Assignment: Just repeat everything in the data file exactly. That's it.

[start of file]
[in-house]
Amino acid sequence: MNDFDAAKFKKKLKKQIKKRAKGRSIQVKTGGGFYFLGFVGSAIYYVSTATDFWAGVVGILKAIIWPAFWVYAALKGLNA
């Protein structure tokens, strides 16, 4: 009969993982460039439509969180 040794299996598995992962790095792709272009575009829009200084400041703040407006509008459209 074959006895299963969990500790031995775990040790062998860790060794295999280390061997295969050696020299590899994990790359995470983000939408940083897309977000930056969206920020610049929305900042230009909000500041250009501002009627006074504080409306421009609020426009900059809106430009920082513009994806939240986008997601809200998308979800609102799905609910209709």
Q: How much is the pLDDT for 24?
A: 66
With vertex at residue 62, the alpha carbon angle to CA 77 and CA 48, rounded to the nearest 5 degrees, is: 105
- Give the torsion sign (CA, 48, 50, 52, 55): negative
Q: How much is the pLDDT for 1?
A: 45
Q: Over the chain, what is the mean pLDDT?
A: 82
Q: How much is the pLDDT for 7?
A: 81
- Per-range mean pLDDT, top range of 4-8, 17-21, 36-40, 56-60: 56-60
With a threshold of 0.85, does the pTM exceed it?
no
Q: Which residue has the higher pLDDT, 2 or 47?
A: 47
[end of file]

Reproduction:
[in-house]
Amino acid sequence: MNDFDAAKFKKKLKKQIKKRAKGRSIQVKTGGGFYFLGFVGSAIYYVSTATDFWAGVVGILKAIIWPAFWVYAALKGLNA
């Protein structure tokens, strides 16, 4: 009969993982460039439509969180 040794299996598995992962790095792709272009575009829009200084400041703040407006509008459209 074959006895299963969990500790031995775990040790062998860790060794295999280390061997295969050696020299590899994990790359995470983000939408940083897309977000930056969206920020610049929305900042230009909000500041250009501002009627006074504080409306421009609020426009900059809106430009920082513009994806939240986008997601809200998308979800609102799905609910209709």
Q: How much is the pLDDT for 24?
A: 66
With vertex at residue 62, the alpha carbon angle to CA 77 and CA 48, rounded to the nearest 5 degrees, is: 105
- Give the torsion sign (CA, 48, 50, 52, 55): negative
Q: How much is the pLDDT for 1?
A: 45
Q: Over the chain, what is the mean pLDDT?
A: 82
Q: How much is the pLDDT for 7?
A: 81
- Per-range mean pLDDT, top range of 4-8, 17-21, 36-40, 56-60: 56-60
With a threshold of 0.85, does the pTM exceed it?
no
Q: Which residue has the higher pLDDT, 2 or 47?
A: 47